Will the Metaverse Be Accessible? 

READ THE ENTIRE October 2022 EDITION OF INSIDE EQUAL ACCESS
This article originally appeared in the October 2022 edition of Inside Equal Access.  


By:  
   Alison Haynes                                                                                    Haifa Alsaab


People in the metaverse will be able to move throughout digital spaces. They will be able to socialize with friends, play games, sell and buy virtual goods, and hold business meetings. Currently, internet platforms allow users to create a virtual identity, but they only work on that platform. The metaverse could allow users to create a persona that can be taken everywhere in the virtual world with whatever virtual items they own, like clothes or cars.The concept of the metaverse is still fuzzy and it incorporates many inconsistent elements; and the question whether the metaverse will be an accessible place for people with disabilities is still unclear. 

Gus Alexiou believes these new virtual spaces could be challenging for all users but particularly for people with disabilities. Adopting accessibility features from the very beginning when designing a new space, digital OR physical, can help in accommodating people with disabilities. “For example, looking at the ideal weight of a headset through the lens of elderly and disabled people who might struggle to wear a bulky headset for a long period of time would be the ideal starting point.” Gus Alexiou states. But metaverse creators are spread across the entire world and have no centralized communication or accountability.  

metaverse
The metaverse spaces need to accommodate deaf, blind and visually impaired users by adopting a captioning system and accommodating screen readers. However, it is not clear how these features could be successfully developed in that world. The design of VR is supposed to be intensively graphical, so how do you equally effectively portray this world to vision impaired users? Some are working to overcome these challenges by making use of touch and haptics. 

Motor and dexterity impaired users could have difficulties doing pinches, swipes and hand gestures that might be required to navigate the metaverse. It is not clear whether the devices that we already use to make the internet accessible will be easily transferrable to the metaverse. Assistive technology (AT) is developed by thousands of independent companies and rarely built with integration to the metaverse in mind. How can AT possibly be standardized to the point that it is usable with all metaverse devices?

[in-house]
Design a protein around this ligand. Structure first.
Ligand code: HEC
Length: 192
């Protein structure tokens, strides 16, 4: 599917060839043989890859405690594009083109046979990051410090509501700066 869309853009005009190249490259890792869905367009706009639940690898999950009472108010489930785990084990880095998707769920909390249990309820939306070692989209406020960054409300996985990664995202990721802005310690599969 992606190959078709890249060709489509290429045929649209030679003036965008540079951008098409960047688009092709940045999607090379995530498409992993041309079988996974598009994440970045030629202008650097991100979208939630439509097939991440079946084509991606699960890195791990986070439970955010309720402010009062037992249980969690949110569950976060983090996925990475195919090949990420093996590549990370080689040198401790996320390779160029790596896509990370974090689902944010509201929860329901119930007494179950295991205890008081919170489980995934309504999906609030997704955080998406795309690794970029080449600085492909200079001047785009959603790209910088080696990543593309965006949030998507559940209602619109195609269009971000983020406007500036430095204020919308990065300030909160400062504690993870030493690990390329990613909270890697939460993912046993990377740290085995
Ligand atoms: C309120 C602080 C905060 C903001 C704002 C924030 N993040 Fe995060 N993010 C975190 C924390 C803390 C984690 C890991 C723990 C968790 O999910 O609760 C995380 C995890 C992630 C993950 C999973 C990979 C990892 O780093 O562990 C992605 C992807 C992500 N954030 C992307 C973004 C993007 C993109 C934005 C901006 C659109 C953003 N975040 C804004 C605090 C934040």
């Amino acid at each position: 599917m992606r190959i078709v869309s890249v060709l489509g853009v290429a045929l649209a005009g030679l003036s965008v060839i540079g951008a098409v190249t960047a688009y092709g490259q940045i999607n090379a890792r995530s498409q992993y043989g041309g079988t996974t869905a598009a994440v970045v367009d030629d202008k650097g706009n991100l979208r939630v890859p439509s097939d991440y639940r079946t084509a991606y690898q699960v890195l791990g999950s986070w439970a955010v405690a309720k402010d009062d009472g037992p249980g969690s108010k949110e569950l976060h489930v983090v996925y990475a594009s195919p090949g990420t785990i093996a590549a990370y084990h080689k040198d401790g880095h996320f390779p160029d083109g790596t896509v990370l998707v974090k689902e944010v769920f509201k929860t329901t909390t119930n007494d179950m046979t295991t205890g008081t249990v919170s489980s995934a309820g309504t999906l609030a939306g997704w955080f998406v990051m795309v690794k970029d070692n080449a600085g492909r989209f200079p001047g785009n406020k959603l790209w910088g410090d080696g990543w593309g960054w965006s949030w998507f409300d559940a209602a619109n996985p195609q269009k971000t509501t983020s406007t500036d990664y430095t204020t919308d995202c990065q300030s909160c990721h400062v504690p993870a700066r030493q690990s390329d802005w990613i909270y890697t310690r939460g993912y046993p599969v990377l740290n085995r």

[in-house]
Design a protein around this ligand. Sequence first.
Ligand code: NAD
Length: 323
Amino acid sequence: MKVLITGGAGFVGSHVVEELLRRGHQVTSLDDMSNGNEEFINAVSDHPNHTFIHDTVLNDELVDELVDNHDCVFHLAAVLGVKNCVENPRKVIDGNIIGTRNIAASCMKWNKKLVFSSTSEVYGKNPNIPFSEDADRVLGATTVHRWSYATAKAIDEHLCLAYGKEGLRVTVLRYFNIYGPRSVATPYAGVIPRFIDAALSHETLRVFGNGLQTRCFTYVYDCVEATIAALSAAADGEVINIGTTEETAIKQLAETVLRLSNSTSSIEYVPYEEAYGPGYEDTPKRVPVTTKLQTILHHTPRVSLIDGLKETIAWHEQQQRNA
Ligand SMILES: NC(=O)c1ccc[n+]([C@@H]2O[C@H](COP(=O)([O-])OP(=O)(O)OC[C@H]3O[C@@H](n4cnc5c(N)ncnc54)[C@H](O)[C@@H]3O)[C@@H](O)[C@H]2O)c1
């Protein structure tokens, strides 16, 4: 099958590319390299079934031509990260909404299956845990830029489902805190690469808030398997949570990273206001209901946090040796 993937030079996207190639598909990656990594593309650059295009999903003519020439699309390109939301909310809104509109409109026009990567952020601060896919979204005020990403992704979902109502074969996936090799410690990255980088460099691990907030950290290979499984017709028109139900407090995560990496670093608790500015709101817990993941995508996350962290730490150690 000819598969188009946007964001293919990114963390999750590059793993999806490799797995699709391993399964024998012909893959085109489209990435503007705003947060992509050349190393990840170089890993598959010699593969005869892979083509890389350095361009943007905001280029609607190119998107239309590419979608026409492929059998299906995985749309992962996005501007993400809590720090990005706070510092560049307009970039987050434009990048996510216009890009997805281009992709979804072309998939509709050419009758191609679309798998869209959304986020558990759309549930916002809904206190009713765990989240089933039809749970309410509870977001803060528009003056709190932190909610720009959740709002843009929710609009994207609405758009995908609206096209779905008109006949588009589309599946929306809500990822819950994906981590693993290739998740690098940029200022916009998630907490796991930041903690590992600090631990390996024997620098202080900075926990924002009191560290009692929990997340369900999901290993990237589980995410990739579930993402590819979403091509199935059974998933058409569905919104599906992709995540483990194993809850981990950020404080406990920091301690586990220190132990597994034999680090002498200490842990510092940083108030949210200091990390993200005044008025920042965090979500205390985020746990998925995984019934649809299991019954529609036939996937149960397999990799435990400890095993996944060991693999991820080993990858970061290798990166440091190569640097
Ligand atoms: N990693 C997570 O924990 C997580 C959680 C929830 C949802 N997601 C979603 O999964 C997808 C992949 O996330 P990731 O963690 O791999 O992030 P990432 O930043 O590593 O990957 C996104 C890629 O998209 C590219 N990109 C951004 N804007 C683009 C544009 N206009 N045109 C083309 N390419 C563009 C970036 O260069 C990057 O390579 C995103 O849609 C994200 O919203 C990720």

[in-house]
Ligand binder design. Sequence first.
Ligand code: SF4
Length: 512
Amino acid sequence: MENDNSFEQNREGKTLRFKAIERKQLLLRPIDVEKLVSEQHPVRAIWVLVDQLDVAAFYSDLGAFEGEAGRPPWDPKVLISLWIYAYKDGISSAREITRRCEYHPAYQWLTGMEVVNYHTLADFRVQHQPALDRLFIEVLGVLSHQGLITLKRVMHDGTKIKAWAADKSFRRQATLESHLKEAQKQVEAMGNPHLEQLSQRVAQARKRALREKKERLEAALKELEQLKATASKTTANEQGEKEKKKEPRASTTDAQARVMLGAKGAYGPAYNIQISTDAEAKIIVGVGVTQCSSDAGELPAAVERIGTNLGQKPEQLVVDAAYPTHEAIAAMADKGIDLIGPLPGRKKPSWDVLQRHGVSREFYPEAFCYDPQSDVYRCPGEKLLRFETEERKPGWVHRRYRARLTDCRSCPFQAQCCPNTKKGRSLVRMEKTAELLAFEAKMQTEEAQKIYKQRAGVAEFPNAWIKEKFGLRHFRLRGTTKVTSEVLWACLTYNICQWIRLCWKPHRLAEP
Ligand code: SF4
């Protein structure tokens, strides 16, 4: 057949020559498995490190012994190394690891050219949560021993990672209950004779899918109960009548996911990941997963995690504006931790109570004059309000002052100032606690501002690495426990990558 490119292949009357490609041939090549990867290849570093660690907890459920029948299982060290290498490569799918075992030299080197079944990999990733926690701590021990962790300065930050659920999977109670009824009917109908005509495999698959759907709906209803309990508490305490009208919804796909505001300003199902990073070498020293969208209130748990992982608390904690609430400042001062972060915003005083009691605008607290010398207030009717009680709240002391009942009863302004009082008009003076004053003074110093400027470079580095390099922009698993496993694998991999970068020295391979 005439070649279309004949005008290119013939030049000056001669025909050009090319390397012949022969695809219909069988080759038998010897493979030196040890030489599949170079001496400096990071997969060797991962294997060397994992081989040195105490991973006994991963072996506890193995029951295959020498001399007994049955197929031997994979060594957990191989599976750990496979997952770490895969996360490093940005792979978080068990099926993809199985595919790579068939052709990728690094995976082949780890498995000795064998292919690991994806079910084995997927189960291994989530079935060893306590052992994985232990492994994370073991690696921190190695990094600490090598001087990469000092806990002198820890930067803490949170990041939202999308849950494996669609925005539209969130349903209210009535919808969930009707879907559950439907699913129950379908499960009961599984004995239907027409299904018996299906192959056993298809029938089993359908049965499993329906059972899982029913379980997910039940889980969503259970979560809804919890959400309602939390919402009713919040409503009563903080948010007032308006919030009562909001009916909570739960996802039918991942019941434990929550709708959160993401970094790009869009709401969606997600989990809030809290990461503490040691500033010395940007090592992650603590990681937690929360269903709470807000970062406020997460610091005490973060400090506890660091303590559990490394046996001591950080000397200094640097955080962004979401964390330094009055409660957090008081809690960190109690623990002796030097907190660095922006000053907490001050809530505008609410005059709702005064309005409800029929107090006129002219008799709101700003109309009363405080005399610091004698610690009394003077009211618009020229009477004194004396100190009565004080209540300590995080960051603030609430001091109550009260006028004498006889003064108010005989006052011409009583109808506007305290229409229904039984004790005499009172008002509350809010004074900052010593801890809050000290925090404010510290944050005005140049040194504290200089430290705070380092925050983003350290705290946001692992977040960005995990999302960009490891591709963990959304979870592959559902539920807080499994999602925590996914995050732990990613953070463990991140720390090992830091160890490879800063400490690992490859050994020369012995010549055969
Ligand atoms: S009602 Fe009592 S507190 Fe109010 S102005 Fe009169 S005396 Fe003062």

What about personalized on-screen identity in the metaverse? Will people with disabilities hide their disabilities or proudly show their identity as an individual with a disability?

What about personalized on-screen identity in the metaverse? People will be able to create and choose whatever identity they want; will disability identity be presented? And how? Will people with disabilities hide them or proudly show their identity as an individual with a disability? 

And accessible technology takes valuable development time. Tech giants are already racing to be the first company to introduce their technologies to the market. This might lead to neglecting accessibility concerns. The determination of metaverse accessibility will also depend on how quickly universality is adopted into the technology. 

The good news is that tech companies like Meta, Apple, and Microsoft are already backed by strong internal accessibility teams. This means that there is a hope that accessibility will be considered during establishment of the metaverse. Taking the principle of inclusiveness into account by the designers of the metaverse will make this technology accessible for all users.  

The promise of the metaverse is to radically transform the digital and global reality, including the economy. To achieve this dream, the metaverse needs to be to be shaped responsibly from the beginning to include all real-life users. 

 

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